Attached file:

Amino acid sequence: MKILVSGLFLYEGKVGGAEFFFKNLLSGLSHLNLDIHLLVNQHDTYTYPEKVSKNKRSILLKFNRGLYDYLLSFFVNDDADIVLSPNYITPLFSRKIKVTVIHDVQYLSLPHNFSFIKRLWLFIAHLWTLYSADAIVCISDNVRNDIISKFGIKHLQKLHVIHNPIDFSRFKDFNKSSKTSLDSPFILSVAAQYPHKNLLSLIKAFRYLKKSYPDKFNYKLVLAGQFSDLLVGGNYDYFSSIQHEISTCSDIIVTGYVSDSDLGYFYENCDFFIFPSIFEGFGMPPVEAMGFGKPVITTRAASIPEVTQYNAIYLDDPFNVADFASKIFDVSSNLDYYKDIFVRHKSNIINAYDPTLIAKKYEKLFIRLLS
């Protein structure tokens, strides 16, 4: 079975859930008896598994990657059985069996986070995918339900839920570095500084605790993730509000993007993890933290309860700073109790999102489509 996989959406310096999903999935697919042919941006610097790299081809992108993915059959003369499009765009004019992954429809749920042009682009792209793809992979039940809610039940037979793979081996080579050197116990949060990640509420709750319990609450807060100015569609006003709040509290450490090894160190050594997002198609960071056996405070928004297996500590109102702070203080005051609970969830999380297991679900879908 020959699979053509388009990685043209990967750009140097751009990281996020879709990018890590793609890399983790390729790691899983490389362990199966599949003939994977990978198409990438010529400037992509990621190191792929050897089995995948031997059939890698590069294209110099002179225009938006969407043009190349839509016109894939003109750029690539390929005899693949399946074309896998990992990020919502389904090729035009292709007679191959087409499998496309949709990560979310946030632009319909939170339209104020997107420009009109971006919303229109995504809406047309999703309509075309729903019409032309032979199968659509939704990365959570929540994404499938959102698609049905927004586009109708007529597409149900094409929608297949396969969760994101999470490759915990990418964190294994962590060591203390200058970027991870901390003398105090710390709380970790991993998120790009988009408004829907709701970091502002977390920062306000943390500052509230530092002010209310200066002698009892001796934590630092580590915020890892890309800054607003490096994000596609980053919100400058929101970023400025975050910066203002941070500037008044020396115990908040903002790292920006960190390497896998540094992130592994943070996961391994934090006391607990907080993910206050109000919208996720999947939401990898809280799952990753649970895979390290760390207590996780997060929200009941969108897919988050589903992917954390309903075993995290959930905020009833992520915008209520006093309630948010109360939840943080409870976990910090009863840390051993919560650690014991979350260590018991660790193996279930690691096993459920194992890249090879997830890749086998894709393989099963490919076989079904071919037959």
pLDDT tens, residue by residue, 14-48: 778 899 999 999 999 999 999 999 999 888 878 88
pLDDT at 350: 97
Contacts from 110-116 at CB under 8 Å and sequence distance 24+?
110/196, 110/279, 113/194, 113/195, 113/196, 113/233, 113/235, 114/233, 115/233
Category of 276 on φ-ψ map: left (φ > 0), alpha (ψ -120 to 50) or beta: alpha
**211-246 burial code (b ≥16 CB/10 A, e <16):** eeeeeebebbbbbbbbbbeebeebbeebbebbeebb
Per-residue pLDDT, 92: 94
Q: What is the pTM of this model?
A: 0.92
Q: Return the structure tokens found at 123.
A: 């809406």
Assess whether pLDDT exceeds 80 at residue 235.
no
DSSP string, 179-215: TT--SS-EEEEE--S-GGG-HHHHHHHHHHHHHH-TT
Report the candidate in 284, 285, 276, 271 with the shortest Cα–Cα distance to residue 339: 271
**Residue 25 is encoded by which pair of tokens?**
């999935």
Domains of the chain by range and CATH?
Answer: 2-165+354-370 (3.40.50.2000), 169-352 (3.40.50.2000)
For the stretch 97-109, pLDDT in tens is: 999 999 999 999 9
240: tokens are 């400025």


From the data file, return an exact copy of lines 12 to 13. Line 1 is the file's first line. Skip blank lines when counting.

Q: Return the structure tokens found at 123.
A: 């809406």